Trump's Misguided Approach to Tax Reform
President Donald Trump's much-anticipated tax proposal is true to his style of governing: bold and vague. More an agenda for discussion than the promised blueprint, it espouses some appealing principles, but the chances that the administration might mold them into an effective reform seem slim.
The proposal aims to cut tax rates and greatly simplify the code -- worthy goals. The U.S. corporate tax rate is one of the highest in the world and ought to be cut. And no American needs persuading that the personal-tax system is too complicated.
But a plan based on the president's bullet points would involve a big increase in public borrowing, which would be unwise. In addition, starting from here, the political maneuvering needed to get it passed would cancel out much of the benefit.
Trump says his tax cuts would be the biggest in U.S. history. The top marginal rate would fall to 35 percent; the standard personal deduction would be doubled to $24,000; the standard corporate rate would drop from 35 percent to 15 percent. The revenue to pay for these cuts would come, he says, from faster economic growth and from measures to broaden the tax base. Most personal-tax deductions would go -- including the deduction for state and local taxes, though the deductions for mortgage interest and charities would stay.
Unfortunately, that acceleration in growth can't be relied on. The economy is already at or close to full employment. The government could and should aim to spur growth by raising productivity -- a long-term endeavor, in which tax reform certainly ought to play a part -- but not by boosting demand to raise employment. The time for that has passed.
Without a surge in growth, the broadening of the tax base that Trump is advocating won't bridge the revenue gap. By itself, his cut in corporate taxes would cost some $2.4 trillion in lost revenue over the next decade.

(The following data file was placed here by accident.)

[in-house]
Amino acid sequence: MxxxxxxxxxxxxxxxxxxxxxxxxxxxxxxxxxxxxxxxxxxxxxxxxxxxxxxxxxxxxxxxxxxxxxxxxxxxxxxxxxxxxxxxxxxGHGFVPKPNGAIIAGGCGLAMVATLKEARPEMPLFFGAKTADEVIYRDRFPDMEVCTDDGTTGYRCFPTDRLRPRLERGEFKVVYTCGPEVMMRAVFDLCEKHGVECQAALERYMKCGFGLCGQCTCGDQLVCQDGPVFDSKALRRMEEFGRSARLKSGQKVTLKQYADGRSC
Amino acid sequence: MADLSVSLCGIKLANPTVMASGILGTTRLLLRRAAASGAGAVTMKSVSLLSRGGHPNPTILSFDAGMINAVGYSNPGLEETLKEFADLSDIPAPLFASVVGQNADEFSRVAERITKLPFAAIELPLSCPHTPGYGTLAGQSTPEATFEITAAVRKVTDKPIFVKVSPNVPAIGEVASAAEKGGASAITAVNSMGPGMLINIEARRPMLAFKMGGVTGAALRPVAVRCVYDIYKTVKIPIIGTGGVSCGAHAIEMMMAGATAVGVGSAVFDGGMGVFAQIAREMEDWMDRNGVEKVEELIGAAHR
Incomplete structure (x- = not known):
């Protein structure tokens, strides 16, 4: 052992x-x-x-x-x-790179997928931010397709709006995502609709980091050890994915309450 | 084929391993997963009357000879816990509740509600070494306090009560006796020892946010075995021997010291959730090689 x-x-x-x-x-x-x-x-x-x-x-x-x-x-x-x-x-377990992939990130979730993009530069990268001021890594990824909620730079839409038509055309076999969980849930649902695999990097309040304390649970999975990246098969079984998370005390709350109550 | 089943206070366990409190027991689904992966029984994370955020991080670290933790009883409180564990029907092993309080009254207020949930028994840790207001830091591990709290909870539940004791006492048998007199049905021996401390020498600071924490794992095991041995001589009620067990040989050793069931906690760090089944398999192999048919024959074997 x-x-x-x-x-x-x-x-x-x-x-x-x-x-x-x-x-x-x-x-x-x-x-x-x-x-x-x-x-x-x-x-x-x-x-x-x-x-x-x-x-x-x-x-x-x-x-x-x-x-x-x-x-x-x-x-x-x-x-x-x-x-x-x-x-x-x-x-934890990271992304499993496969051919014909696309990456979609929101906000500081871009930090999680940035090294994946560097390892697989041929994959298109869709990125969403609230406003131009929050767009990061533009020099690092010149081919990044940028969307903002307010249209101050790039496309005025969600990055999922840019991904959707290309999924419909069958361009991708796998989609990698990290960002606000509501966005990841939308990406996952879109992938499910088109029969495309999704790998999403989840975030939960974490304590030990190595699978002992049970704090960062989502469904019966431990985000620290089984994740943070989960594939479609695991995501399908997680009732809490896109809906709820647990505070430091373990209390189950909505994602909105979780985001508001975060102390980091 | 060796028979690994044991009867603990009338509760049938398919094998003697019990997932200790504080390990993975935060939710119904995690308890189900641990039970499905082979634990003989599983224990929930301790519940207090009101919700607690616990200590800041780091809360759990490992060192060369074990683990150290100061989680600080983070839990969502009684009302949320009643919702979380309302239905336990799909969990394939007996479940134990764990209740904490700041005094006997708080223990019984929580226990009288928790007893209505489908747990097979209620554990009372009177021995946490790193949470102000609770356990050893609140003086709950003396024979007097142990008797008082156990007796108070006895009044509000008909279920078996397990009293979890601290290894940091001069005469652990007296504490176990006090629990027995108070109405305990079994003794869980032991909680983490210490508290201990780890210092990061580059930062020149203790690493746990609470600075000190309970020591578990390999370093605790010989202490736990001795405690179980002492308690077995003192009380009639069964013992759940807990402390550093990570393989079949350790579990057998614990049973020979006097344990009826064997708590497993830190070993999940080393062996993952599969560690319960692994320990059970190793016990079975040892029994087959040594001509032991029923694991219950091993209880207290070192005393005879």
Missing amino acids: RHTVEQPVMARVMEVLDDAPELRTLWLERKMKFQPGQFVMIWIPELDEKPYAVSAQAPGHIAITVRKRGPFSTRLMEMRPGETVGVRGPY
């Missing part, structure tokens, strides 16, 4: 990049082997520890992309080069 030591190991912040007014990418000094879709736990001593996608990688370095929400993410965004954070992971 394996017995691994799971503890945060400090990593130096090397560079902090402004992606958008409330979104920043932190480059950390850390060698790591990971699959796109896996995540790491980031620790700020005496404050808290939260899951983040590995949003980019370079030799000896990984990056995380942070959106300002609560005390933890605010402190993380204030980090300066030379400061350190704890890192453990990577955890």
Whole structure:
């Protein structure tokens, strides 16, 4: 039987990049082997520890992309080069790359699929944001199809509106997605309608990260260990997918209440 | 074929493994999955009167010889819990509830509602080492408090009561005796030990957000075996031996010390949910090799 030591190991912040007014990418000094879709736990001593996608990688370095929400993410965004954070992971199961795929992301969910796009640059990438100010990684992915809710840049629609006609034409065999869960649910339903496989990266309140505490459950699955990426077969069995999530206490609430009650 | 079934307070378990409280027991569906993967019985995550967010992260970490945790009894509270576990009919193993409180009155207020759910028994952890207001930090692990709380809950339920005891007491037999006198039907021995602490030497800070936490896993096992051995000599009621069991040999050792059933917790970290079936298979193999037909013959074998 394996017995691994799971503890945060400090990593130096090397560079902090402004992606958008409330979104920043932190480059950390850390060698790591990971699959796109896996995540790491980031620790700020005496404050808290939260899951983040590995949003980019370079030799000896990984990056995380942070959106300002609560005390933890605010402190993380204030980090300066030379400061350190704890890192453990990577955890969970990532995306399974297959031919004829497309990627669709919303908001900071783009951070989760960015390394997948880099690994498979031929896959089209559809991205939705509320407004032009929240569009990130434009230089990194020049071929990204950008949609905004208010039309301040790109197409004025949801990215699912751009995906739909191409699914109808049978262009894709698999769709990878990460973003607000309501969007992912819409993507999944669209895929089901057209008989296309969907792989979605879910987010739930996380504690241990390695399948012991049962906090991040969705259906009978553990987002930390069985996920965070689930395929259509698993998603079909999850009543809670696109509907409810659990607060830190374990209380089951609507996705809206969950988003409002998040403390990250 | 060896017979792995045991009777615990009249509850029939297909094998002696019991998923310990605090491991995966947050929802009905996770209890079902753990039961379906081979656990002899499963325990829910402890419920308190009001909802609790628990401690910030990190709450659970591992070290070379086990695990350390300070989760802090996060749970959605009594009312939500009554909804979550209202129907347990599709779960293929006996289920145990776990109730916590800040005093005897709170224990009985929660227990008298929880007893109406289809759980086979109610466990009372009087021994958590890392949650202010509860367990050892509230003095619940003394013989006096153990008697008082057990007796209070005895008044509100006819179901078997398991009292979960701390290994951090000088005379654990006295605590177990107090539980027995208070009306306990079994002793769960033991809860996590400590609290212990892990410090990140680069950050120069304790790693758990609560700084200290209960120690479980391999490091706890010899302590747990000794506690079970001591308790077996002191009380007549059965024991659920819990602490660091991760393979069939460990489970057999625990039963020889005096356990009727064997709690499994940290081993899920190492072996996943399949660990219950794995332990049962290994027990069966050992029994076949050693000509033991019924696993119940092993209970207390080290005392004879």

Good tax reform also aims for certainty and simplicity. Trump's plan is a failure on both those counts. By alienating Democrats and fiscally responsible Republicans, his proposal won't get the supermajority it needs in the Senate to be made permanent. If it passes with just a simple majority, it would be explicitly temporary, expiring automatically after 10 years if not sooner. Businesses would be unable to plan for the future, decisions would be distorted in an effort to game the interval, and investment and innovation would suffer.
For good measure, the plan also includes an enormous new loophole, which would encourage many high-earning individuals to set up as "pass-through corporations" and pay a far lower rate of tax on their incomes. Preventing that, which the administration says it will, would require new rules. In this and other ways, the plan promises more complexity, not less.
Trump's basic idea isn't wrong: Broaden the base, simplify taxes and cut rates. But then those parts have to be arranged, and presented to the public, in a way that commands consensus. Trump has made no effort as yet to frame a plan that might appeal to moderate Democrats as well as most Republicans. That's a fatal flaw.
Maybe a plan of this sort can emerge from the wrangling still to come. But as it stands, Trump's proposal is not much help.
--Editors: Clive Crook, Michael Newman.
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